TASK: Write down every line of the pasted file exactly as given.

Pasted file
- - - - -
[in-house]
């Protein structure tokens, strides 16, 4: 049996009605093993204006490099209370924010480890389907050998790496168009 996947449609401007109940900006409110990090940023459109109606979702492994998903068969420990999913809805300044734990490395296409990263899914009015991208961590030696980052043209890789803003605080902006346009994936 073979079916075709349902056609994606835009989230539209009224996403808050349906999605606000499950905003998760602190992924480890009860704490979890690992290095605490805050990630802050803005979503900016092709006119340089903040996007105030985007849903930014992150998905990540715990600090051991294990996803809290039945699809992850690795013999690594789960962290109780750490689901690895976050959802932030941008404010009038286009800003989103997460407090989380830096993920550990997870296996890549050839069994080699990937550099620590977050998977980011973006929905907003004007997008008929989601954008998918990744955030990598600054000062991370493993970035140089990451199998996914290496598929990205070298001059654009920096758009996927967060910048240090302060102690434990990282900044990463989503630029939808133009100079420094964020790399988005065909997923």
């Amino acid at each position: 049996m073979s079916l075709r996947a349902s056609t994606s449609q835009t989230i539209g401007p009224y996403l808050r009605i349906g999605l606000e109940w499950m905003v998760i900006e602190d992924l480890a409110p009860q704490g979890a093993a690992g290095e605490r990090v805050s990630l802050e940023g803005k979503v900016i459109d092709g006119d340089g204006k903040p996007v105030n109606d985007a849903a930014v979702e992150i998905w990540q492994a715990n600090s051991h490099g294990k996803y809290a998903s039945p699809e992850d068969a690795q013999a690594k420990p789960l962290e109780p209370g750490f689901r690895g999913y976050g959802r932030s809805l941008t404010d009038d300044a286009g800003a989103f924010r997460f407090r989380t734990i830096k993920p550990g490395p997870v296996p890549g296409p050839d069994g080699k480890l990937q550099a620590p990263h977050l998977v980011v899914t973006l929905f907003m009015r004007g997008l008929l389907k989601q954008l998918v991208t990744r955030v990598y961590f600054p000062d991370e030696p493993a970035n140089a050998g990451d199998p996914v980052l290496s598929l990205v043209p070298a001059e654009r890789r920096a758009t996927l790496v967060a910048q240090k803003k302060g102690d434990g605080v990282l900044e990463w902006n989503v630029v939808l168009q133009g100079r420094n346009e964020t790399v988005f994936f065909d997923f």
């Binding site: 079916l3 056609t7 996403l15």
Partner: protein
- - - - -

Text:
[in-house]
């Protein structure tokens, strides 16, 4: 049996009605093993204006490099209370924010480890389907050998790496168009 996947449609401007109940900006409110990090940023459109109606979702492994998903068969420990999913809805300044734990490395296409990263899914009015991208961590030696980052043209890789803003605080902006346009994936 073979079916075709349902056609994606835009989230539209009224996403808050349906999605606000499950905003998760602190992924480890009860704490979890690992290095605490805050990630802050803005979503900016092709006119340089903040996007105030985007849903930014992150998905990540715990600090051991294990996803809290039945699809992850690795013999690594789960962290109780750490689901690895976050959802932030941008404010009038286009800003989103997460407090989380830096993920550990997870296996890549050839069994080699990937550099620590977050998977980011973006929905907003004007997008008929989601954008998918990744955030990598600054000062991370493993970035140089990451199998996914290496598929990205070298001059654009920096758009996927967060910048240090302060102690434990990282900044990463989503630029939808133009100079420094964020790399988005065909997923």
């Amino acid at each position: 049996m073979s079916l075709r996947a349902s056609t994606s449609q835009t989230i539209g401007p009224y996403l808050r009605i349906g999605l606000e109940w499950m905003v998760i900006e602190d992924l480890a409110p009860q704490g979890a093993a690992g290095e605490r990090v805050s990630l802050e940023g803005k979503v900016i459109d092709g006119d340089g204006k903040p996007v105030n109606d985007a849903a930014v979702e992150i998905w990540q492994a715990n600090s051991h490099g294990k996803y809290a998903s039945p699809e992850d068969a690795q013999a690594k420990p789960l962290e109780p209370g750490f689901r690895g999913y976050g959802r932030s809805l941008t404010d009038d300044a286009g800003a989103f924010r997460f407090r989380t734990i830096k993920p550990g490395p997870v296996p890549g296409p050839d069994g080699k480890l990937q550099a620590p990263h977050l998977v980011v899914t973006l929905f907003m009015r004007g997008l008929l389907k989601q954008l998918v991208t990744r955030v990598y961590f600054p000062d991370e030696p493993a970035n140089a050998g990451d199998p996914v980052l290496s598929l990205v043209p070298a001059e654009r890789r920096a758009t996927l790496v967060a910048q240090k803003k302060g102690d434990g605080v990282l900044e990463w902006n989503v630029v939808l168009q133009g100079r420094n346009e964020t790399v988005f994936f065909d997923f």
């Binding site: 079916l3 056609t7 996403l15």
Partner: protein